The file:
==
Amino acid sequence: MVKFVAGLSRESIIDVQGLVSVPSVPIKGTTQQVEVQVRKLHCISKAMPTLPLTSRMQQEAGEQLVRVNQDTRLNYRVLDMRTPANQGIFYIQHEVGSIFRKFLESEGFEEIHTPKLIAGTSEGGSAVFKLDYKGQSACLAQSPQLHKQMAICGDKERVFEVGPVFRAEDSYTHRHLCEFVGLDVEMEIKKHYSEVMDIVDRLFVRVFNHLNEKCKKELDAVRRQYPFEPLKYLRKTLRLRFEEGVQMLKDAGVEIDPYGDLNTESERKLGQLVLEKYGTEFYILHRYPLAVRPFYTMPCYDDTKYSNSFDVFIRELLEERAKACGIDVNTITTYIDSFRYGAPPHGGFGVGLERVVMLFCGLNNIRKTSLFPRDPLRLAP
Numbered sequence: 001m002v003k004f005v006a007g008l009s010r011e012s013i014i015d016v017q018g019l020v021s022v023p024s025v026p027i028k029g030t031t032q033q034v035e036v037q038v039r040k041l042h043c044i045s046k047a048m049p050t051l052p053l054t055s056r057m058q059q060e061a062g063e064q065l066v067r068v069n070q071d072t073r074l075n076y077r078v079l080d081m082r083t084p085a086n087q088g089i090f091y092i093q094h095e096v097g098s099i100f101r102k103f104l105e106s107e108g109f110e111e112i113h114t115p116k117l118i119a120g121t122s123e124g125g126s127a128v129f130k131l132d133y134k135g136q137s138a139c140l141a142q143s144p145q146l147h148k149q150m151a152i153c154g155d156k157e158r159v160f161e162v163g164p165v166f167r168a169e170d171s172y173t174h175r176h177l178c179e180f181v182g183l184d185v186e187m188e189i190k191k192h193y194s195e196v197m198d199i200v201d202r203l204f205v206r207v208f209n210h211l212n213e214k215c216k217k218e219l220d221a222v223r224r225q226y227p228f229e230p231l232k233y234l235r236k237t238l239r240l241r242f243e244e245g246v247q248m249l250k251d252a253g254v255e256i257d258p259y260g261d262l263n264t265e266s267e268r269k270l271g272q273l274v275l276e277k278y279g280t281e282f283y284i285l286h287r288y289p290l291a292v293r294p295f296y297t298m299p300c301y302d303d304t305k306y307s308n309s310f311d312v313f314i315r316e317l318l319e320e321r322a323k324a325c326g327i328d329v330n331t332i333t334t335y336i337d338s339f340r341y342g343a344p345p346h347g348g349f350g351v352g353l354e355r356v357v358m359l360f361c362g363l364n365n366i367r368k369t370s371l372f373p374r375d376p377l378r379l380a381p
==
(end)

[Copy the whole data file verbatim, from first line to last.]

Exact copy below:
Amino acid sequence: MVKFVAGLSRESIIDVQGLVSVPSVPIKGTTQQVEVQVRKLHCISKAMPTLPLTSRMQQEAGEQLVRVNQDTRLNYRVLDMRTPANQGIFYIQHEVGSIFRKFLESEGFEEIHTPKLIAGTSEGGSAVFKLDYKGQSACLAQSPQLHKQMAICGDKERVFEVGPVFRAEDSYTHRHLCEFVGLDVEMEIKKHYSEVMDIVDRLFVRVFNHLNEKCKKELDAVRRQYPFEPLKYLRKTLRLRFEEGVQMLKDAGVEIDPYGDLNTESERKLGQLVLEKYGTEFYILHRYPLAVRPFYTMPCYDDTKYSNSFDVFIRELLEERAKACGIDVNTITTYIDSFRYGAPPHGGFGVGLERVVMLFCGLNNIRKTSLFPRDPLRLAP
Numbered sequence: 001m002v003k004f005v006a007g008l009s010r011e012s013i014i015d016v017q018g019l020v021s022v023p024s025v026p027i028k029g030t031t032q033q034v035e036v037q038v039r040k041l042h043c044i045s046k047a048m049p050t051l052p053l054t055s056r057m058q059q060e061a062g063e064q065l066v067r068v069n070q071d072t073r074l075n076y077r078v079l080d081m082r083t084p085a086n087q088g089i090f091y092i093q094h095e096v097g098s099i100f101r102k103f104l105e106s107e108g109f110e111e112i113h114t115p116k117l118i119a120g121t122s123e124g125g126s127a128v129f130k131l132d133y134k135g136q137s138a139c140l141a142q143s144p145q146l147h148k149q150m151a152i153c154g155d156k157e158r159v160f161e162v163g164p165v166f167r168a169e170d171s172y173t174h175r176h177l178c179e180f181v182g183l184d185v186e187m188e189i190k191k192h193y194s195e196v197m198d199i200v201d202r203l204f205v206r207v208f209n210h211l212n213e214k215c216k217k218e219l220d221a222v223r224r225q226y227p228f229e230p231l232k233y234l235r236k237t238l239r240l241r242f243e244e245g246v247q248m249l250k251d252a253g254v255e256i257d258p259y260g261d262l263n264t265e266s267e268r269k270l271g272q273l274v275l276e277k278y279g280t281e282f283y284i285l286h287r288y289p290l291a292v293r294p295f296y297t298m299p300c301y302d303d304t305k306y307s308n309s310f311d312v313f314i315r316e317l318l319e320e321r322a323k324a325c326g327i328d329v330n331t332i333t334t335y336i337d338s339f340r341y342g343a344p345p346h347g348g349f350g351v352g353l354e355r356v357v358m359l360f361c362g363l364n365n366i367r368k369t370s371l372f373p374r375d376p377l378r379l380a381p